The Pennsylvania budget is due June 30. These issues could be sticking points.

Questions about education, income tax and recreational vice remain unresolved as Pennsylvania Gov. Josh Shapiro's second budget proposal approaches the June 30 deadline.

The 2023-24 spending plan wasn't fully completed until mid-December. Shapiro's veto of a $100 million Lifeline Scholarship voucher program he'd vocally supported angered Republicans in Harrisburg and contributed to a contentious budgeting process.

Professor Chris Borick, director of the Muhlenberg College Institute of Public Opinion in Allentown, said the environment in Harrisburg is tricky and fairly unique because Democrats control the House of Representatives while Republicans control the Senate.

"Like most election year budget cycles, there is a pressure to get things wrapped up fairly quickly. That doesn't mean it's going to get done in a perfect, timely manner," Borick said.

"That's tough to achieve in Pennsylvania these days."

Will Pa. public education spending increase?

In February 2023, Commonwealth Court judges ruled in favor of the Pennsylvania Association of Rural and Small Schools and the NAACP in a landmark education case. The decision amplified an already lively debate about how schooling for children should be handled in Pennsylvania.

House Bill 2370 is part of Democrats' answer to this question.

Adopting recommendations from the Basic Education Funding Commission — comprised of six Democratic legislators, six Republican legislators and three Shapiro appointees — the bill would increase public education spending by more than $1 billion in 2024-25 and cap per-student spending for private cyber schools at $8,000. This plan was adopted in a largely party-line vote of the commission, with all Republican members in opposition.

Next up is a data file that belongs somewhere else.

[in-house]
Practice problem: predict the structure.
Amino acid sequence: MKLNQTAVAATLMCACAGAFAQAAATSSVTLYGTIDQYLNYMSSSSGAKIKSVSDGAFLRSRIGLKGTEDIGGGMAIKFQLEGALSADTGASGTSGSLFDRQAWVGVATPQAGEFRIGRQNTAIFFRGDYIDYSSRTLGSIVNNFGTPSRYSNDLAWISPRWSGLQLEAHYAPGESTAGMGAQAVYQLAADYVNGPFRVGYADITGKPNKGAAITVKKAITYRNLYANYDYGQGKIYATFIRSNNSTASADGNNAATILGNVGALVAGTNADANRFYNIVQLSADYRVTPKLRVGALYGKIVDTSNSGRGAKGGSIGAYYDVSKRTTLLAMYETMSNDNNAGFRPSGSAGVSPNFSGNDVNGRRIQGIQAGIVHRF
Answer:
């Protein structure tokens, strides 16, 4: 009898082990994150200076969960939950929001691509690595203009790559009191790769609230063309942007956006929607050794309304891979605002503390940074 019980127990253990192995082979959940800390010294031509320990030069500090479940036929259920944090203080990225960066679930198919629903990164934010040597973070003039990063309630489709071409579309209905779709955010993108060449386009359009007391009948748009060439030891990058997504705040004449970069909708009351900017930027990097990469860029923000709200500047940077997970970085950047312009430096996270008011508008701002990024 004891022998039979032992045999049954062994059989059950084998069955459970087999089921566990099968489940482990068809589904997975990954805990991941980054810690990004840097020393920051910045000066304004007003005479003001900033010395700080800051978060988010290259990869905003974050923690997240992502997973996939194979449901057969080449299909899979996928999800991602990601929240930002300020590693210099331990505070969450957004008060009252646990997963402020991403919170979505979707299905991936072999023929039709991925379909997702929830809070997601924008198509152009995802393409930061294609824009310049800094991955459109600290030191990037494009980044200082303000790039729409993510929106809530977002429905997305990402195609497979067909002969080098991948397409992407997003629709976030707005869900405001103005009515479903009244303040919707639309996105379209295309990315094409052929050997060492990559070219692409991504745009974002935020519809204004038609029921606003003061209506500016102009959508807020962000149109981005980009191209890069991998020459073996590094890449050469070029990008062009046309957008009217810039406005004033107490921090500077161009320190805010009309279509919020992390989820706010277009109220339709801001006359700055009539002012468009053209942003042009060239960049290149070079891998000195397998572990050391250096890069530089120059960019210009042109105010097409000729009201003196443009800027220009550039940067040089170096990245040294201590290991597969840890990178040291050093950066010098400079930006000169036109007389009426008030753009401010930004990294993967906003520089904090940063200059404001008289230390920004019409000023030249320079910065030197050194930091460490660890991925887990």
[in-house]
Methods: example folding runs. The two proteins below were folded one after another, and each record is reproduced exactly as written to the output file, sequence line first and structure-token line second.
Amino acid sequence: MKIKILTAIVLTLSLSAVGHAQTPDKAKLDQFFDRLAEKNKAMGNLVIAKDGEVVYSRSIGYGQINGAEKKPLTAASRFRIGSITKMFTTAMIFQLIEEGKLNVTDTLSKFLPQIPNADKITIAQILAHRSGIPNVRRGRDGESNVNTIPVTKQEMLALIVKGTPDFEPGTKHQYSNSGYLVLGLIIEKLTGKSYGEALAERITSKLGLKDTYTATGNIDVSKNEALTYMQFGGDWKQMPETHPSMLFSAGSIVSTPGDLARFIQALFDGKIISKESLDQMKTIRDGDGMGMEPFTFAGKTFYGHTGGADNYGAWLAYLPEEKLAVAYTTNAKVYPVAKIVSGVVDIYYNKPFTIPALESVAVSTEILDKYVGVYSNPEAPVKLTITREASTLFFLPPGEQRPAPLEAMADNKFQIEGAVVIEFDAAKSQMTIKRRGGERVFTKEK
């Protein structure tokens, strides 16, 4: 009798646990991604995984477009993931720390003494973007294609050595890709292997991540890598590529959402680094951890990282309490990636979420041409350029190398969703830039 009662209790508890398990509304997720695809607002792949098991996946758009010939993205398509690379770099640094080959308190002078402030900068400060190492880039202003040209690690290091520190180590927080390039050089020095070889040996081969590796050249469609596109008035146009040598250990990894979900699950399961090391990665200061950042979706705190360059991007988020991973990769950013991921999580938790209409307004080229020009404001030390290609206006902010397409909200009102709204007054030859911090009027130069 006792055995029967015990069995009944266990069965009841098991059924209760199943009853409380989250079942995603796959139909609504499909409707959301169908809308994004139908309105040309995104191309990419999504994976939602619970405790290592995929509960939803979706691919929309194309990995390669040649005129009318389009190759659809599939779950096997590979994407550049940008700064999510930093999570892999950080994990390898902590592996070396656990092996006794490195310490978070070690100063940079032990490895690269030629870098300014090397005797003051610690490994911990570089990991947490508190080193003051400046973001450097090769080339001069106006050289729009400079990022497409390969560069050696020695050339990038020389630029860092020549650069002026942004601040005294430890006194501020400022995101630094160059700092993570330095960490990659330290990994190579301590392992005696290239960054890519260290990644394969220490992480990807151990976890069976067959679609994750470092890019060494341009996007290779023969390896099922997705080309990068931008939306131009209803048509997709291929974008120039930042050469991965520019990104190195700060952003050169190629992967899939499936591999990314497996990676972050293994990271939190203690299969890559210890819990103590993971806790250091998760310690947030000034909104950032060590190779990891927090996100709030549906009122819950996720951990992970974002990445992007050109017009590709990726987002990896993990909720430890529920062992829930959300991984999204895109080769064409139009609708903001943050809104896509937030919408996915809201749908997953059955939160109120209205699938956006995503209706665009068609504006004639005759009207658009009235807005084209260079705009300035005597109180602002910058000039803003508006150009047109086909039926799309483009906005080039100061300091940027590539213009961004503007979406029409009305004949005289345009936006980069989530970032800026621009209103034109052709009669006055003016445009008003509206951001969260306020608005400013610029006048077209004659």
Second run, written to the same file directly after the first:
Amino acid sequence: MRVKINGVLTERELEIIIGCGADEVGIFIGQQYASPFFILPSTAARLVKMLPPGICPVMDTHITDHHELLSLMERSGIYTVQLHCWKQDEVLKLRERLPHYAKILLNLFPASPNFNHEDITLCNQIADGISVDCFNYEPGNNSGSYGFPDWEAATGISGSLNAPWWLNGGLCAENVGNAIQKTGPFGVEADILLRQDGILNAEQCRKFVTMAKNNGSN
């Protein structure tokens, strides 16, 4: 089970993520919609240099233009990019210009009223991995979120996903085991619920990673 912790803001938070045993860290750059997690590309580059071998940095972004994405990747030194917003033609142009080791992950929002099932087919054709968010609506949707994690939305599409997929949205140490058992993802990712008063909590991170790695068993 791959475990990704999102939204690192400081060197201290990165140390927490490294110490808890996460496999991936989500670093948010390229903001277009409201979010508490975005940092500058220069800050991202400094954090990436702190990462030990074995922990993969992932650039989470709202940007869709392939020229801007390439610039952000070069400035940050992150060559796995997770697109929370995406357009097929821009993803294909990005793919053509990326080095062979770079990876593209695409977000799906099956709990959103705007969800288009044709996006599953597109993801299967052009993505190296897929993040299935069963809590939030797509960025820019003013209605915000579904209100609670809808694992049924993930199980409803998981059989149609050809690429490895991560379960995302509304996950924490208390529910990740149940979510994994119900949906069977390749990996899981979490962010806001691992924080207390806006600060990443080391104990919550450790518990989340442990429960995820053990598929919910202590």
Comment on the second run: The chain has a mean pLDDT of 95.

“We are constitutionally required to enact a thorough and efficient system of public education and in this historic moment we are finally realizing fair, equitable and adequate funding for all schools,” state Rep. Mary Isaacson, D-Philadelphia, said in a prepared statement.

“As a member of the Basic Education Funding Commission, I talked with students, faculty and staff across the state to help devise our recommendations which are reflected in this bill today. This is a big win for the School District of Philadelphia and underfunded rural, urban and suburban schools across Pennsylvania."

Though five Republicans joined Democrats in supporting this measure in the House, it faces longer odds in the GOP-led state Senate.

Republicans and other school choice allies have instead pushed for a voucher system designed for low-income students in school districts that perform in the bottom 15%. House Bill 2370 includes no money for this program.

Further, Democrats' ambitious seven-year public school spending increase could directly conflict with another Republican initiative: cutting taxes.

Will Pa. cut the income tax rate?

Senate Bill 269 would reduce the personal income tax rate from 3.07 to 2.8% and eliminate the Gross Reciepts Tax on electricity effective at the start of 2025. The income tax reduction amounts to approximately 10%, and an estimate from the libertarian-leaning Commonwealth Foundation suggests that an average family of four would save approximately $900 annually.

This bill enjoyed partial bipartisan support in the Senate, passing by a 36-14 vote that included several Democrats.

“As we go through budget negotiations, and the push and pull of wherever we may end up, our Senate Republican Caucus is going to continue to fight for Pennsylvania taxpayers, first and foremost," Senate Majority Leader Joe Pittman, R-Indiana, said in a prepared statement. "There has been a lot of discussion about $3 billion of additional spending.

"Our point of view is if we’re going to invest $3 billion, we should invest it back into the taxpayers."